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PredestinationThe American Career of a Contentious Doctrine$
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Peter J. Thuesen

Print publication date: 2009

Print ISBN-13: 9780195174274

Published to Oxford Scholarship Online: September 2009

DOI: 10.1093/acprof:oso/9780195174274.001.0001

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From Methodists to Mormons

From Methodists to Mormons

Attacking Predestination in the Young Republic

(p.100) Chapter 4 From Methodists to Mormons

Peter J. Thuesen (Contributor Webpage)

Oxford University Press

In replacing monarchy with republicanism, the American Revolution set the stage for the growth of a variety of upstart groups united by their back‐to‐the‐Bible mentality and their conviction that scripture testified against Calvinist absolutism. This chapter examines this antebellum diversity, from the Universalists, who insisted that God would save all people in the end, to the Methodists, who taught that God granted prevenient grace enabling all people to choose or reject Christ. The chapter also surveys other groups driven by anti‐predestinarian zeal, including the founders of the Campbellites, Stoneites, Adventists, and Christian Scientists. The anti‐Calvinist backlash reached a dramatic culmination in Mormonism, which radically extended human free will into premortal and postmortal life. Yet the Mormon appeal to preexistence was not the era's only radical rebellion against Augustinianism. Opposition to predestination even led the era's most famous Protestant family, the Beecher clan, to reconsider the benefits of old heresies.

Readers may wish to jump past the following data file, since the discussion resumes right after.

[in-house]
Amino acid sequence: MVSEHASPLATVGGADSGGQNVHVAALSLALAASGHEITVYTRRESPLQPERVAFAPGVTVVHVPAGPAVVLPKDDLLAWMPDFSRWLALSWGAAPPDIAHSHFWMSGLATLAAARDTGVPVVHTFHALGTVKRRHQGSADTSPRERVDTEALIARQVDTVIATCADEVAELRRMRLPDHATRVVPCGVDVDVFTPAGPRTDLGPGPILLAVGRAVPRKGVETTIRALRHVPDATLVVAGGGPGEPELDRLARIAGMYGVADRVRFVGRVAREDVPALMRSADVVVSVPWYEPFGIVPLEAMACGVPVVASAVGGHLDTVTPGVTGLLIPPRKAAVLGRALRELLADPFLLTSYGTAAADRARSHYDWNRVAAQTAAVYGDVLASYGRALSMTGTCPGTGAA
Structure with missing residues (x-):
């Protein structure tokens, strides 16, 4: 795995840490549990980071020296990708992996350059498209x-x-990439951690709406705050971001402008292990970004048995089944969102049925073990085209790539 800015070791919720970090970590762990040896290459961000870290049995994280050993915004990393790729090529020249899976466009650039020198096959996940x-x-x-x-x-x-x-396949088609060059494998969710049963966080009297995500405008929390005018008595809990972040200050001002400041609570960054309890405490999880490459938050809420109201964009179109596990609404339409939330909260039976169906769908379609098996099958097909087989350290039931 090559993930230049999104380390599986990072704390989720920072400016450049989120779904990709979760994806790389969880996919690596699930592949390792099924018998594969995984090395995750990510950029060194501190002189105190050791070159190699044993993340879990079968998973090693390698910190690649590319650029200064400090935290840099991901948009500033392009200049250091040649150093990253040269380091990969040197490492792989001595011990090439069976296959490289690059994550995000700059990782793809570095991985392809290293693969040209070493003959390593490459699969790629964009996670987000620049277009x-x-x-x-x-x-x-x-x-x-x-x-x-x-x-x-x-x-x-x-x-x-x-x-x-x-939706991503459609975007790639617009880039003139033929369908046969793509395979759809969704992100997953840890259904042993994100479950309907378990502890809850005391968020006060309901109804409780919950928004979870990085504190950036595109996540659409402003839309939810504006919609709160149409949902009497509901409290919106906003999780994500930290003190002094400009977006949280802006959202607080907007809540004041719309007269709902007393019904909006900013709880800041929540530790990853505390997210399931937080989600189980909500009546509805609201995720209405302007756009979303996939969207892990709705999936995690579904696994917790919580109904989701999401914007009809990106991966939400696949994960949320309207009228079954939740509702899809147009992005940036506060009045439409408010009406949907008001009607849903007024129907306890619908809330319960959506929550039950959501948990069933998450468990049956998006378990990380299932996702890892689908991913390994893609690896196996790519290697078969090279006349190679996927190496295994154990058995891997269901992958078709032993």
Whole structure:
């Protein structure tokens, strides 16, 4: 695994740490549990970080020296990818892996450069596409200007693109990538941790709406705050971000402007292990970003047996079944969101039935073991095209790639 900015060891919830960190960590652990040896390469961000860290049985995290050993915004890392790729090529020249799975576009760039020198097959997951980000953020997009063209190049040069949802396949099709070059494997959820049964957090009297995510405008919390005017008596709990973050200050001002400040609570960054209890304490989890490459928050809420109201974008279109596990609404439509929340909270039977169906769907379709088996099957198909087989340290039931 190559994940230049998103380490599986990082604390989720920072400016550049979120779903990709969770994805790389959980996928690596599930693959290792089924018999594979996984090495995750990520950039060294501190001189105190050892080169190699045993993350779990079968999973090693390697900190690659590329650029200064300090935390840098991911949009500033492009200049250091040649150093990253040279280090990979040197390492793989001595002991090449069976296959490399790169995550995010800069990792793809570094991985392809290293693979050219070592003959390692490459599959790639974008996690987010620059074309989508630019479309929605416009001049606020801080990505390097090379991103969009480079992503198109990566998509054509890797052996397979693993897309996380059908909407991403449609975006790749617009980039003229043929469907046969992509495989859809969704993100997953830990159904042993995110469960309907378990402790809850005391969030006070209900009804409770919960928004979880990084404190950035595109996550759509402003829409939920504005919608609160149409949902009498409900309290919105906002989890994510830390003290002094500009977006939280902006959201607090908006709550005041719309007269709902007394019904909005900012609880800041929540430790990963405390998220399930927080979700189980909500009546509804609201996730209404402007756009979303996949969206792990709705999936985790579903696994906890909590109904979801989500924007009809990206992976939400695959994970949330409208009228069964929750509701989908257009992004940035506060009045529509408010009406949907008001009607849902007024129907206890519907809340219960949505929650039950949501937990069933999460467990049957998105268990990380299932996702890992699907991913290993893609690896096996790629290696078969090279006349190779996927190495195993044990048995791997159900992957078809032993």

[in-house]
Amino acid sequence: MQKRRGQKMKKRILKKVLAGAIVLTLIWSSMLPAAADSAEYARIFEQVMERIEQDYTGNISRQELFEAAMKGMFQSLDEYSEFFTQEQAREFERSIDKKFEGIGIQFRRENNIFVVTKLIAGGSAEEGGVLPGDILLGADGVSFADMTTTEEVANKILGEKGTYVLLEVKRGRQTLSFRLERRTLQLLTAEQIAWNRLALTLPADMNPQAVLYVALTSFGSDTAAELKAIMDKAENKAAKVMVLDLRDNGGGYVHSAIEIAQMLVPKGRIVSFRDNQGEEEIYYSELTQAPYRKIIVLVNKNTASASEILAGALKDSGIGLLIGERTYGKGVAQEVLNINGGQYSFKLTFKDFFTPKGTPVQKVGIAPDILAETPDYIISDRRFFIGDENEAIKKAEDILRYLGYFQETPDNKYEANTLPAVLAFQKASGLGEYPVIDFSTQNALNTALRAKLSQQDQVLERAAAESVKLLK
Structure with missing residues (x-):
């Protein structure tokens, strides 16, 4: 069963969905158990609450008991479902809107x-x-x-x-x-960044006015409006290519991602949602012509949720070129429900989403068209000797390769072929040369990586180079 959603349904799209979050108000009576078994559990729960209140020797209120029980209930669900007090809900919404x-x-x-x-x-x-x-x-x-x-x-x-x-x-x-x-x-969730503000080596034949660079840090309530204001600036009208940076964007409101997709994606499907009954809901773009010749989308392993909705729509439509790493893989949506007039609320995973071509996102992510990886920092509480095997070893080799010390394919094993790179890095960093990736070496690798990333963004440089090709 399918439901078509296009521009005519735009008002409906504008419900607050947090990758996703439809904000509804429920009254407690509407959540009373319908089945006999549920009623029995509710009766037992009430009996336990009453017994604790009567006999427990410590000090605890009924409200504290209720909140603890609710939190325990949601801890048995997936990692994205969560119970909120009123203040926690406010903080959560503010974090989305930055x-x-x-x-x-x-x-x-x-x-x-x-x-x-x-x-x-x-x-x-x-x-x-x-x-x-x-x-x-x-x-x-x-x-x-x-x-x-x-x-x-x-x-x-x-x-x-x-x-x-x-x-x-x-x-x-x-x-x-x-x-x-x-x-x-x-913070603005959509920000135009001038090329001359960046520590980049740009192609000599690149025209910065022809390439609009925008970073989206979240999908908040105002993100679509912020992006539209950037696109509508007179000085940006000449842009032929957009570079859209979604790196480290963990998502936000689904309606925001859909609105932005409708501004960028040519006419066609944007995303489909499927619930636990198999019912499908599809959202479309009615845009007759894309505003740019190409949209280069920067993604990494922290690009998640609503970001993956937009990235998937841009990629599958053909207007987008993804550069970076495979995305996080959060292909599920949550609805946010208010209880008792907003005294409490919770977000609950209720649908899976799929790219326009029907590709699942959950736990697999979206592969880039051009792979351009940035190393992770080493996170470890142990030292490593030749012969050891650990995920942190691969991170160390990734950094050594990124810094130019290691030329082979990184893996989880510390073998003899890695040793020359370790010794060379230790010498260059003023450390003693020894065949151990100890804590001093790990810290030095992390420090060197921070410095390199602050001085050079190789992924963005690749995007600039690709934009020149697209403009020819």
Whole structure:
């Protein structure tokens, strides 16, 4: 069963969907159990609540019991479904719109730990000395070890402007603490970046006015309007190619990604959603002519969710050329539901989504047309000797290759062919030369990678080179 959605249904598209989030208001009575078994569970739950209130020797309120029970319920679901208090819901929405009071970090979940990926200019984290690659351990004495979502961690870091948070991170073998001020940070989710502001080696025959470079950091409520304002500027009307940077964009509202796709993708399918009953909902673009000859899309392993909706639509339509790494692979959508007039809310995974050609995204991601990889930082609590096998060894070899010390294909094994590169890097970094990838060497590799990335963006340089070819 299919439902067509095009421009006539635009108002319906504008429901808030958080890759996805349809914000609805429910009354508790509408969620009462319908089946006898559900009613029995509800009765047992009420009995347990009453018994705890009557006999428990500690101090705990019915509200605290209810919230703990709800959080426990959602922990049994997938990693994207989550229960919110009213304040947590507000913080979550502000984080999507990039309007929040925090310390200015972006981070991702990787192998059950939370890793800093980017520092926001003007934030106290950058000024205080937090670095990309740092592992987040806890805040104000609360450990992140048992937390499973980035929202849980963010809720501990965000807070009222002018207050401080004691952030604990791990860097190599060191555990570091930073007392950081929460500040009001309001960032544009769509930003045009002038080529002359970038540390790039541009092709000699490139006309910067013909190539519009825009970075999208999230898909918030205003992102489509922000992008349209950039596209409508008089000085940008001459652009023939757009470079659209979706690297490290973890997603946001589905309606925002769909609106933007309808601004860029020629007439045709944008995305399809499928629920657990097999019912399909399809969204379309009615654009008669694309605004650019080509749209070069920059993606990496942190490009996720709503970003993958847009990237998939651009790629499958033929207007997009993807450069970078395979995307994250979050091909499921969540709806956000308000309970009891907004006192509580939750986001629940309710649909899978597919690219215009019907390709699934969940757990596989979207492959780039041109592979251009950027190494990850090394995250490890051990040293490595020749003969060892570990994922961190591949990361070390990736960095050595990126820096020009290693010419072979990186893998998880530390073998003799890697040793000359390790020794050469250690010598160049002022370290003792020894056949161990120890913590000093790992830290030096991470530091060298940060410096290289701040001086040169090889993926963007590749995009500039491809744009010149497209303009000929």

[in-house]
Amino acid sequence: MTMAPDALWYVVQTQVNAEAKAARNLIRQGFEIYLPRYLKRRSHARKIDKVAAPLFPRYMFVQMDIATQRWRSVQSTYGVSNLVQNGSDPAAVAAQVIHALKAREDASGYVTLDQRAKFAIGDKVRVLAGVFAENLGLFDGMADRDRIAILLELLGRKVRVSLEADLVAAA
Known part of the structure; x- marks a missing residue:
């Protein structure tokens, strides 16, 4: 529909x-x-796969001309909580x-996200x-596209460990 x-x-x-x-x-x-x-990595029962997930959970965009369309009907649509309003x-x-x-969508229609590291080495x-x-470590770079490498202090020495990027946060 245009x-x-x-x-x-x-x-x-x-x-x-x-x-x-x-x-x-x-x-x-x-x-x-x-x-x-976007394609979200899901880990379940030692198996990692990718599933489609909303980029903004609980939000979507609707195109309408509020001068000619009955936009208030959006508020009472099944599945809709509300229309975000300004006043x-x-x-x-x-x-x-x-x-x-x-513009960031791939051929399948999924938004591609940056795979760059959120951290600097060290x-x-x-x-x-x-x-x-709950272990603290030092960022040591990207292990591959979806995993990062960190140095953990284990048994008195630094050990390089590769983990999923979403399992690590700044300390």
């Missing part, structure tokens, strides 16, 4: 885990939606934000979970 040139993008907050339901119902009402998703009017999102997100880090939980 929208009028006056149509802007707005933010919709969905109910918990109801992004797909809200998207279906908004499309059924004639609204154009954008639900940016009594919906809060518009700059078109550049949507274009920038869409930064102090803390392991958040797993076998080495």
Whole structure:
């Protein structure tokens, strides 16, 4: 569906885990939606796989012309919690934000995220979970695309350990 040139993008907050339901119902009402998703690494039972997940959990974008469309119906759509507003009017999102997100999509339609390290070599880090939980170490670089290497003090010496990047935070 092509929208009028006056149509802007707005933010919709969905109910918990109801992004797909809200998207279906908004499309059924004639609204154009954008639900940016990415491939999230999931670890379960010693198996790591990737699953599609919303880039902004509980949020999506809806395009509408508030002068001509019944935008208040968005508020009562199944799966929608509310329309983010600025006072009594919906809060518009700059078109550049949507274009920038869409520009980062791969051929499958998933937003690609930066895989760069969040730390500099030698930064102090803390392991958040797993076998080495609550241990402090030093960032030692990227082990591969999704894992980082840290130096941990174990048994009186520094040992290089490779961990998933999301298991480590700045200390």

Keywords:   republicanism, Universalists, Methodists, prevenient, anti‐predestinarian, Campbellites, Mormonism, preexistence, Augustinianism, Beecher

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